Karina Vegarra
When I was a young kid, I remember my mother always reading Miss. Spider because my sister and I had a huge fear of spiders and she thought these books were the cure. Miss.Spider is a lovable character who treats all of her friends politely and has the respect from others in her community. Children are intrigued by this book because of the grand illustrations with the color schemes and realistic drawings of the nature they live in. Miss.Spider is a good solution to how to explain the children to ...more
The illustrations have an almost cartoon like appearance. Each page portrays the bugs listed in the text and helps create the setting for the story. They show the bug’s fear of Miss Spider and her loneliness that no one will join her for tea. The theme is a good one, teaching children not to judge people by how they look. Younger children will find humor in a spider having a tea party for bugs, but children too young may not benefit from the moral of the story. The detailed illustrations and rhy ...more
(CIP) When lonely Miss Spider tries to host a tea party, the other bugs refuse to come for fear of being eaten!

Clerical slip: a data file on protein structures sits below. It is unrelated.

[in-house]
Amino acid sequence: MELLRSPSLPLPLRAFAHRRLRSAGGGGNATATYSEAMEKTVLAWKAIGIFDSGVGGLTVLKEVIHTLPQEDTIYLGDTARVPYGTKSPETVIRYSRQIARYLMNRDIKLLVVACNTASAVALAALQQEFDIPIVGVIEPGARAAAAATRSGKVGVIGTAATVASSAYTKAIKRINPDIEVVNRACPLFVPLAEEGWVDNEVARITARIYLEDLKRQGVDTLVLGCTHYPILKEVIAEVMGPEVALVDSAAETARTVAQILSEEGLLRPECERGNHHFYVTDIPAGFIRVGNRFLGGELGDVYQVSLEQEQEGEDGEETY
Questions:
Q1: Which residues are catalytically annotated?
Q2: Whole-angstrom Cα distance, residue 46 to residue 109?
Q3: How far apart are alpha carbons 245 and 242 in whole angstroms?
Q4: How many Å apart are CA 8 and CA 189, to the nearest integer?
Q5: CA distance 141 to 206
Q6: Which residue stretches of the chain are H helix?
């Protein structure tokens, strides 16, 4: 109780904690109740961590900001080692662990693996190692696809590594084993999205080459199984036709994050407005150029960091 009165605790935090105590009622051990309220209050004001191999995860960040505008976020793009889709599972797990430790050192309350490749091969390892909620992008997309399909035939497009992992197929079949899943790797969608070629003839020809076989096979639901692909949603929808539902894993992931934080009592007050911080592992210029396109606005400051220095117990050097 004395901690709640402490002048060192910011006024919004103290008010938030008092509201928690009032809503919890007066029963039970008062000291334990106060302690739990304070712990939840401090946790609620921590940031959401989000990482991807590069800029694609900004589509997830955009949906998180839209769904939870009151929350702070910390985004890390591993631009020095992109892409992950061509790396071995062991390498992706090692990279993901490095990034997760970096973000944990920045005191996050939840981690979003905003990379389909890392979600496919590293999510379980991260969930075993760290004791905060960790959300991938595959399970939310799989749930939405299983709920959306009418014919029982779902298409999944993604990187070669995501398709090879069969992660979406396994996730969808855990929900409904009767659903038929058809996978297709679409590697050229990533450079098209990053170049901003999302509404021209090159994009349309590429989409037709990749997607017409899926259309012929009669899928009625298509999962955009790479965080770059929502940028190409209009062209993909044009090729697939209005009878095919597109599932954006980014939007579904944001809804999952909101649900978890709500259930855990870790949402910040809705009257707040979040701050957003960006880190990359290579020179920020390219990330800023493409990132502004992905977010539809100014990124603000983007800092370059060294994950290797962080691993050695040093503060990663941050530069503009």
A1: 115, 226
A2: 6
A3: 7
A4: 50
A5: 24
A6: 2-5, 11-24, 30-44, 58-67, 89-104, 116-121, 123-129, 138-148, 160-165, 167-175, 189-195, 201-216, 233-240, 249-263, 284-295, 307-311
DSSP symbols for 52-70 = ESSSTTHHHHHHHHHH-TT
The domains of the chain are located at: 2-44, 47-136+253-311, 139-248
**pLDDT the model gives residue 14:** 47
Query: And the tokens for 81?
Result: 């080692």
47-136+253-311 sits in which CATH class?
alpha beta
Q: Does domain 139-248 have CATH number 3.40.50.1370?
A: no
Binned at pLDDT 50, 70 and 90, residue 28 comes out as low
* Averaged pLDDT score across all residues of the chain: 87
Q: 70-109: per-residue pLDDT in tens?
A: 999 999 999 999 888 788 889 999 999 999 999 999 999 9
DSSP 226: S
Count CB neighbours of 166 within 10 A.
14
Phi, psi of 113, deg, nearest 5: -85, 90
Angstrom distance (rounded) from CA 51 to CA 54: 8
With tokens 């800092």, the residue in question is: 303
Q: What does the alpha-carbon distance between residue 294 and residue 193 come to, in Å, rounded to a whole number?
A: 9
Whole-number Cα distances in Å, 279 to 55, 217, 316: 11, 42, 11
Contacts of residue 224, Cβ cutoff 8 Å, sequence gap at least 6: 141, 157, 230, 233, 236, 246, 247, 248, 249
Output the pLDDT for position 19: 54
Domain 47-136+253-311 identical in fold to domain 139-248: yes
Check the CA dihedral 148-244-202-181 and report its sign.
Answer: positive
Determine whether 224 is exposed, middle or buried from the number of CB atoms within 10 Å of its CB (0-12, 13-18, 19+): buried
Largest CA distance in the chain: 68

(Claudia) Expressive, varied illustrations do a great job of telling the story in concert with rhyming narrative. The counting theme provides structure, while the engaging insects – with realistic bodies and anthropomorphic faces – are the appealing stars of the show. PreS-Gr 2

(SLJ) “A sweet tale.”

(PW) “Kirk's rhyming text, with its singsong rhythm and counting motif … is slack and pred
Heather Vernon
I love the Miss Spider books :)
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David Kirk is the creator of children's books that follow the character Miss Spider. Before writing books, he made colorful toys that were sold in hand-painted boxes. He was urged to write children's books when his toys caught the interest of a book packager. It wasn't difficult to figure out what he would use as characters in his stories: his daughter, Violet, had a liking for bugs.
More about David Kirk...
Miss Spider's Wedding Little Miss Spider Miss Spider's New Car Miss Spider's ABC Oh So Tiny Bunny